Regional HIV/AIDS Conference Opens In Russia
A regional conference kicked off Wednesday in Moscow with experts calling on Russian authorities to change their approach to preventing the spread of HIV among injection drug users [IDUs], Deutsche Presse-Agentur/M&C reports (10/28). "The calls came in the face of a doubling in the number of HIV infections in Russia in the past eight years," the Associated Press reports. "The rapid growth of the epidemic in Russia is in contrast to sub-Saharan Africa and South and Southeast Asia, where prevalence of the virus fell during the same eight-year period, according to UNAIDS," the AP writes (Birch, 10/28).
"Russia now has around 1 million HIV-infected people and around 2 million [IDUs], the head of the International AIDS Society (IAS), Robin Gorna, told the [Eastern Europe and Central Asia AIDS] conference," Deutsche Presse-Agentur/M&C writes in a second story (10/28). The Russian government estimates that there are just over 500,000 people living with HIV in the country, Reuters reports. Experts worry "that Russia's epidemic will spread rapidly beyond drug users to the general population of 143 million through sexual activity unless preventative steps are taken," according to Reuters (Ferris-Rotman, 10/28).
During the meeting Wednesday, health experts said Russia should increase funding for HIV/AIDS education as well as needle exchange programs, and encouraged the legalization of methadone, a drug that has been shown to reduce the spread of HIV among drug users, Agence France-Presse reports. Russia's chief medical official, Gennady Onishchenko, told the AIDS conference he opposes providing methadone to drug users because the government believes the data demonstrating the beneficial effects of doing so are lacking.
"Michel Sidibe, executive director of UNAIDS, called methadone provision 'an essential element of universal access to HIV prevention' and called for Eastern European countries to introduce the programmes," the news service writes. "I fear that in this region the legal barrier to harm reduction programmes also makes injected drug users a target for harassment, driving the people most affected by this epidemic underground," Sidibe said (Malpas, 10/28).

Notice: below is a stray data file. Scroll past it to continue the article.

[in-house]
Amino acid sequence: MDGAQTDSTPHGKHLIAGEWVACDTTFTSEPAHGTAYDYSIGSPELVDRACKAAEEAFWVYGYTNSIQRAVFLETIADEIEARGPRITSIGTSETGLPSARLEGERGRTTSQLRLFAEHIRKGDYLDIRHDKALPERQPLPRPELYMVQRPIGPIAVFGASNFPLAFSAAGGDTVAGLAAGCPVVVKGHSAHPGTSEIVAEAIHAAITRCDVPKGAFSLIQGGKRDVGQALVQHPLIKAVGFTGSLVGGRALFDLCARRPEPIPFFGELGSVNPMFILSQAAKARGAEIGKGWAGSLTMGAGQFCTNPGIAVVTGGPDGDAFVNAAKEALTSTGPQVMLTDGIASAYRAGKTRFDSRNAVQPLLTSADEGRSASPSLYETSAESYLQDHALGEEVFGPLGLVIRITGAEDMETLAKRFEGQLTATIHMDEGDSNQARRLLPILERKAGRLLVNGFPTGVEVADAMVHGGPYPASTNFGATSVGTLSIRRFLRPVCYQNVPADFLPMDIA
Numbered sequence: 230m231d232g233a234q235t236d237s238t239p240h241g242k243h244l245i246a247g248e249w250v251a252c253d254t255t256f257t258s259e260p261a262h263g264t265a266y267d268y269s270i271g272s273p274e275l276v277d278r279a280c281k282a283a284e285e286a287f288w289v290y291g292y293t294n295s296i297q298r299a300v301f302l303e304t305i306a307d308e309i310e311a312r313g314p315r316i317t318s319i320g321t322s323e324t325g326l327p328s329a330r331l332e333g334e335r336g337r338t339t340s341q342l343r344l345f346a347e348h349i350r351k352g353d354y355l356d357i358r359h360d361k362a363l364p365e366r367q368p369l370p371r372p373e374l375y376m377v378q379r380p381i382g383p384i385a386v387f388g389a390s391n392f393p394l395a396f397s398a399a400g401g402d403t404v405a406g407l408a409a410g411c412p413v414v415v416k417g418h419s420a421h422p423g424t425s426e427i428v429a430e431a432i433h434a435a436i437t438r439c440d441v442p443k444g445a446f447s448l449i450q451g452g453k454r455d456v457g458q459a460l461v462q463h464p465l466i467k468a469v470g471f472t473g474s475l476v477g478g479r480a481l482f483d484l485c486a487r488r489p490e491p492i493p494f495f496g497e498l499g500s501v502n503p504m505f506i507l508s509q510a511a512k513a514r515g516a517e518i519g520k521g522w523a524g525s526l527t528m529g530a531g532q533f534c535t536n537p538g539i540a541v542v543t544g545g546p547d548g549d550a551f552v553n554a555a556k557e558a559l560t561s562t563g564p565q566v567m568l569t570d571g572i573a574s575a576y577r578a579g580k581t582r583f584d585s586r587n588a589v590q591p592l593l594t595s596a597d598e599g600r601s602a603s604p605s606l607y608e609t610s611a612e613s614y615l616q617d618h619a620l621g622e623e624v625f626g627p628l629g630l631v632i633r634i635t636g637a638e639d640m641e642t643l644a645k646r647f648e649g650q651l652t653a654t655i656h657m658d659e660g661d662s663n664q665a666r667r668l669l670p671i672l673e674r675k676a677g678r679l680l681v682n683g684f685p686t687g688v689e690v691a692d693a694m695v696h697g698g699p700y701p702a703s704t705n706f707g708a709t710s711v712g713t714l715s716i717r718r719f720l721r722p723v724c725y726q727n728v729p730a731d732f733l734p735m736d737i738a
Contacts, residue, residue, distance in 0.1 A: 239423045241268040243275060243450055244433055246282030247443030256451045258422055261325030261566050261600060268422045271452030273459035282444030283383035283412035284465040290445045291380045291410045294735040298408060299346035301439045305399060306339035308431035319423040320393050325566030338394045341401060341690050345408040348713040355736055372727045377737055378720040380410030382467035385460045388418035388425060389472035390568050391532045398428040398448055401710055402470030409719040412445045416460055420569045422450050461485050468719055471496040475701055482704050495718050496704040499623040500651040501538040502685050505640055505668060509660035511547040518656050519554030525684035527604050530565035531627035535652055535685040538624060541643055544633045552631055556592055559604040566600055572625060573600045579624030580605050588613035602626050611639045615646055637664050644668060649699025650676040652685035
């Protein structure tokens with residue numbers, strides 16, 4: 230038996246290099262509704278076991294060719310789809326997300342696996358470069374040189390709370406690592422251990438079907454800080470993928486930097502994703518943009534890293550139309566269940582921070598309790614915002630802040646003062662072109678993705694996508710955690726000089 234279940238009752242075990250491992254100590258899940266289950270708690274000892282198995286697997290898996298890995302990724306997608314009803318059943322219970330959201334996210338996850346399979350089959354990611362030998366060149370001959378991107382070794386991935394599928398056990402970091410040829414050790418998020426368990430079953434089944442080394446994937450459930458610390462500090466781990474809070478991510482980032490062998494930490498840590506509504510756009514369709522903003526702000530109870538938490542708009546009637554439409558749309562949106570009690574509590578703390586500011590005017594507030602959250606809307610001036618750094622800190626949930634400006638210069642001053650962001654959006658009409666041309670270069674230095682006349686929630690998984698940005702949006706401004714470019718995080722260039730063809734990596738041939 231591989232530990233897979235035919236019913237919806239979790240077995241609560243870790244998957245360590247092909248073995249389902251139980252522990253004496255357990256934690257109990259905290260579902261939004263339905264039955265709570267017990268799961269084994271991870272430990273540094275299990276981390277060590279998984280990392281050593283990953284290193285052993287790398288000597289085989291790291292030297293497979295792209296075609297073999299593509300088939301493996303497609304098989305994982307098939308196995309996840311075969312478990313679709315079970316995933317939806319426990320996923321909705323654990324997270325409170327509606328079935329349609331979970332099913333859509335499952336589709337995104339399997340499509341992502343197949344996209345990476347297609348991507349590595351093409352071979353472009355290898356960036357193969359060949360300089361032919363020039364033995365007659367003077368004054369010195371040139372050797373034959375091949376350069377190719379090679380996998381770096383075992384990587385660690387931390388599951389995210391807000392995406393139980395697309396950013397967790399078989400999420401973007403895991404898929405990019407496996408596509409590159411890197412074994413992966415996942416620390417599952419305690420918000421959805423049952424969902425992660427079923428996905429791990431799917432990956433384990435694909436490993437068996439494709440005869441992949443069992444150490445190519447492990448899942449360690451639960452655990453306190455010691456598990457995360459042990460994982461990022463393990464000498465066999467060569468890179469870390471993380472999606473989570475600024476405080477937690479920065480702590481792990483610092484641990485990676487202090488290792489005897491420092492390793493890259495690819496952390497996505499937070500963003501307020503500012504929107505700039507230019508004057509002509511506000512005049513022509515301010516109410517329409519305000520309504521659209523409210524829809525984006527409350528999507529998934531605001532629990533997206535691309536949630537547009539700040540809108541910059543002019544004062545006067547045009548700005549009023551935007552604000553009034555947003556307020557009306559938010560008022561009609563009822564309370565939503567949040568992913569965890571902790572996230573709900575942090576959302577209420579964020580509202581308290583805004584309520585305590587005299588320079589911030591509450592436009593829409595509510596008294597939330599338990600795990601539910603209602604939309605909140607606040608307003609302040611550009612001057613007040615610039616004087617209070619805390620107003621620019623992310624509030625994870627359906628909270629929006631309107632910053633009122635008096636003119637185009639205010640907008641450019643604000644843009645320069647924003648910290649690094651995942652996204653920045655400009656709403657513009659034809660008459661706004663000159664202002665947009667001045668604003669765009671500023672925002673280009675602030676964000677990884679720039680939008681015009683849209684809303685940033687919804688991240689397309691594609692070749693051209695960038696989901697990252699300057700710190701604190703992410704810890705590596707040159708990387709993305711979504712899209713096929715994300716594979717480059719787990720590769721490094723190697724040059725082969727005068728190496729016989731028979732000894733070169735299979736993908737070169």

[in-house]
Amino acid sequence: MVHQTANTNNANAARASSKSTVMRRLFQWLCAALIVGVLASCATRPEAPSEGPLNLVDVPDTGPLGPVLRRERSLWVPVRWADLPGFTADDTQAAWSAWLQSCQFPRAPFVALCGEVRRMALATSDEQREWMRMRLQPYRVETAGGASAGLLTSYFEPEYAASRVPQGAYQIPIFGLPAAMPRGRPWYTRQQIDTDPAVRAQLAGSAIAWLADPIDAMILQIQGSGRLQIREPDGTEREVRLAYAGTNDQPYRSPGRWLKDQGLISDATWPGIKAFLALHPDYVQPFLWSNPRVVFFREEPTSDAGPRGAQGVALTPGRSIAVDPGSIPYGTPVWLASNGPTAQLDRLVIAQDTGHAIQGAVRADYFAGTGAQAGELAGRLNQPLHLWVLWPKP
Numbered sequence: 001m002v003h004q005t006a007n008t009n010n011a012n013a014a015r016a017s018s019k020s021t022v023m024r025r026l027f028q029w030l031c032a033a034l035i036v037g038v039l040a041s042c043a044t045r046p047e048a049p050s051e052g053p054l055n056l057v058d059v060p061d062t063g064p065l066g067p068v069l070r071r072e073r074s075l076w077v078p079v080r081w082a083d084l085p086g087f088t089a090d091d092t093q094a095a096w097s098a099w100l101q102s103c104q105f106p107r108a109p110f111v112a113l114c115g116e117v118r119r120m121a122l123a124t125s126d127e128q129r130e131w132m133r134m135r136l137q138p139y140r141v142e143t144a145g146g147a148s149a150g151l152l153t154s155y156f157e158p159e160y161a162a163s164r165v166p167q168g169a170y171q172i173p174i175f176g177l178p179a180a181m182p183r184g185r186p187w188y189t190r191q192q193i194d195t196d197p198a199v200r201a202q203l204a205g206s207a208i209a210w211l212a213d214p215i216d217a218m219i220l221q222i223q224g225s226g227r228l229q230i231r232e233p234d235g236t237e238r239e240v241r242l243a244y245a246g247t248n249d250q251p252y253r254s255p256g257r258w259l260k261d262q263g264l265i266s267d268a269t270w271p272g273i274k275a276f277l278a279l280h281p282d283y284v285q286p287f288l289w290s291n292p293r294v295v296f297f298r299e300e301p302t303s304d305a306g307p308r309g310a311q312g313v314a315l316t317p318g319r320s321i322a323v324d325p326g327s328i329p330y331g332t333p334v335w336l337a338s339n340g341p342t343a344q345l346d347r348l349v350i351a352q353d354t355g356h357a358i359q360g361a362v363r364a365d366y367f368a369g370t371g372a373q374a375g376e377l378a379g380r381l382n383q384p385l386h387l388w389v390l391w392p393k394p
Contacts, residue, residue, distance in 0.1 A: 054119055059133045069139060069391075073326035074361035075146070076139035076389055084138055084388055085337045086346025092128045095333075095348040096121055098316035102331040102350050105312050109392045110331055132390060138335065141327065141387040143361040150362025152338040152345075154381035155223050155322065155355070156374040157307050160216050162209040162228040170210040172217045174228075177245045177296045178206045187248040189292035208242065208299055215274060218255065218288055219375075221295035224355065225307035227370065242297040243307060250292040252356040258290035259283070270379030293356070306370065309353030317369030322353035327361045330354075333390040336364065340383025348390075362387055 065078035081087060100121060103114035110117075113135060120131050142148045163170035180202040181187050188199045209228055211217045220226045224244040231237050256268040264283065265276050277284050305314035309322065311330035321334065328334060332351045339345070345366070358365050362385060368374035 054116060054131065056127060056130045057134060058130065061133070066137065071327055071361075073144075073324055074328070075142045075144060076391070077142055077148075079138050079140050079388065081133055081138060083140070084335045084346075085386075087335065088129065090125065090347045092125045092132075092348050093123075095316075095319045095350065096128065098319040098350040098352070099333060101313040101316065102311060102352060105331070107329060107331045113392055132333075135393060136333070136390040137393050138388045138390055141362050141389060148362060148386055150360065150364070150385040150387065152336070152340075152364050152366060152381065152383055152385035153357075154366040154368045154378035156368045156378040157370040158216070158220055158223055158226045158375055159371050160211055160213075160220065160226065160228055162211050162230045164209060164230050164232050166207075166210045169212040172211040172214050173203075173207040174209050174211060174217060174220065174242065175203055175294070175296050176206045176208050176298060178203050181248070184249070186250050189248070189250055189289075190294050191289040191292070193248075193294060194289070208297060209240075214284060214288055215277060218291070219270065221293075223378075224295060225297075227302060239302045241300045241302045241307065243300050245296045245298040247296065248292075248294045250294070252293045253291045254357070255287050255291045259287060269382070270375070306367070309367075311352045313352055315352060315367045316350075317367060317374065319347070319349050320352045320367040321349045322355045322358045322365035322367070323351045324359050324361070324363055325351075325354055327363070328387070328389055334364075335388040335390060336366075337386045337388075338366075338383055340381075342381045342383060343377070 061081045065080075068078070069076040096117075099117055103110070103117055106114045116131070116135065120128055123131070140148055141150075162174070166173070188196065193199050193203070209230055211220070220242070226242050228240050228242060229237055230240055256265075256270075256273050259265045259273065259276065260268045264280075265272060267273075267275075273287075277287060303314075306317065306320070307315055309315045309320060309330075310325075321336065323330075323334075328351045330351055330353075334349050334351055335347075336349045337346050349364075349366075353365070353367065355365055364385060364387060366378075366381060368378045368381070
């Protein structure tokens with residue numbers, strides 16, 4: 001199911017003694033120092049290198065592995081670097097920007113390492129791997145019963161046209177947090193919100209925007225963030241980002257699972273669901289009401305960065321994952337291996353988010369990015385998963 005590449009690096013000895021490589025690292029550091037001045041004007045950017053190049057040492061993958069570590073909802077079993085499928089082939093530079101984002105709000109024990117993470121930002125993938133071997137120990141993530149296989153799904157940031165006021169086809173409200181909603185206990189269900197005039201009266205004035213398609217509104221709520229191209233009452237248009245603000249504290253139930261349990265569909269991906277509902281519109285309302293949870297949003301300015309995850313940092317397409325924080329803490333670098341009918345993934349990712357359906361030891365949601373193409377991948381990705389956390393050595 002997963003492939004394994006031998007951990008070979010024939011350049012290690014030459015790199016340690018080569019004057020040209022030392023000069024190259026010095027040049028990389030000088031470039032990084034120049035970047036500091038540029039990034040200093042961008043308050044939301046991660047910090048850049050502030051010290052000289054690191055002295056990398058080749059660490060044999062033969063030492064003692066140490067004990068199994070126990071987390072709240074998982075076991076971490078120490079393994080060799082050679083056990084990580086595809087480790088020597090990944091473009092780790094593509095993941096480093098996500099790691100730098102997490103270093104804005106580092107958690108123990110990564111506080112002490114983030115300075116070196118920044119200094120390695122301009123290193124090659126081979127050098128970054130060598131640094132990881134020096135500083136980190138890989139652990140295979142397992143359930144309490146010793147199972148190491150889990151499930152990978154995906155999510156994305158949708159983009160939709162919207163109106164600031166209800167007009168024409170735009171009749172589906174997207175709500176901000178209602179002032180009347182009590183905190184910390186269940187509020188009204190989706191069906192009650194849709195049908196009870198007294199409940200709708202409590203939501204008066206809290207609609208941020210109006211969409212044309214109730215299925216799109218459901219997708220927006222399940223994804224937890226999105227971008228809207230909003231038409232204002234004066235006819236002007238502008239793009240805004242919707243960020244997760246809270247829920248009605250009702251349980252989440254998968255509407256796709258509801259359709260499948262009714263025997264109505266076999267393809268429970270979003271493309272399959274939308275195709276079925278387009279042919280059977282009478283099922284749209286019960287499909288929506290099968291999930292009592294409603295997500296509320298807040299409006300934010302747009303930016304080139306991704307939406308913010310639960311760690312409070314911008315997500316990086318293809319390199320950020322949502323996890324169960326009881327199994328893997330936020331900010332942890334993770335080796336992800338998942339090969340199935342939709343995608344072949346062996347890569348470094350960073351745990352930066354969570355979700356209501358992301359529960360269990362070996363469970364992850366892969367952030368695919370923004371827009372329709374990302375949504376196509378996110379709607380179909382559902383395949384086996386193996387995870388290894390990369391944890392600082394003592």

"Maybe methadone therapy can be implemented in some countries, but not in Russia," Onishchenko said, the Moscow Times reports. "Onishchenko also criticized needle exchange programs," according to the newspaper (Odynova, 10/29). In general, "Russian officials view [the] so-called 'harm reduction' efforts [embraced by the international HIV/AIDS community] as encouraging criminal or shameful behavior, and the government has chosen to promote a just-say-no approach to the epidemic that urges people to adopt healthier lifestyles," the AP reports (10/28).
Russia Commended For Treatment Program Gains
Speakers at the conference commended Russia on its treatment programs and increased investment in HIV/AIDS programs. "Since the Group of Eight summit in St. Petersburg in 2005, the government has boosted annual HIV spending by 33 times to 9.5 billion rubles ($325 million), but most of the funds are spent on treatment, [UNAIDS Regional Director Denis] Broun said," the Moscow Times reports (10/29). According to the AP, the country has also "expanded drug treatment dramatically ... and is among the leaders in reducing the incidence of transmission of the disease between mothers and their babies" (10/28). Reuters adds that IAS Executive Director "Gorna praised the Russian government for putting aside 9 billion roubles ($310 million) this year for treatment, with that sum set to more than double to 19 billion roubles by 2011" (10/28).
The AP/New York Times reports: "Russia has some highly successful needle exchange programs and free condom programs, several experts said, but many have been paid for through grants from the Global Fund to Fight AIDS, TB and Malaria, an international public-private partnership. Now those grants are being terminated under Global Fund rules, the specialists said, because Russia is too wealthy to qualify for them" (10/28). The Moscow Times reports that Global Fund Executive Director "Michel Kazatchkine, said he hoped the government would keep the programs in place" (10/29). According to a joint statement issued by IAS, the Eurasian Harm Reduction Network and the International Harm Reduction Association, "The Russian Government has not upheld a promise made in 2008 to finance the continuation of the services started by this [Global Fund] grant. The funding crisis leaves projects in ten regions subject to staff layoffs and closures, despite the fact that they have averted an estimated 37,000 HIV infections (10/28).This is part of the Morning Briefing, a summary of health policy coverage from major news organizations. Sign up for an email subscription.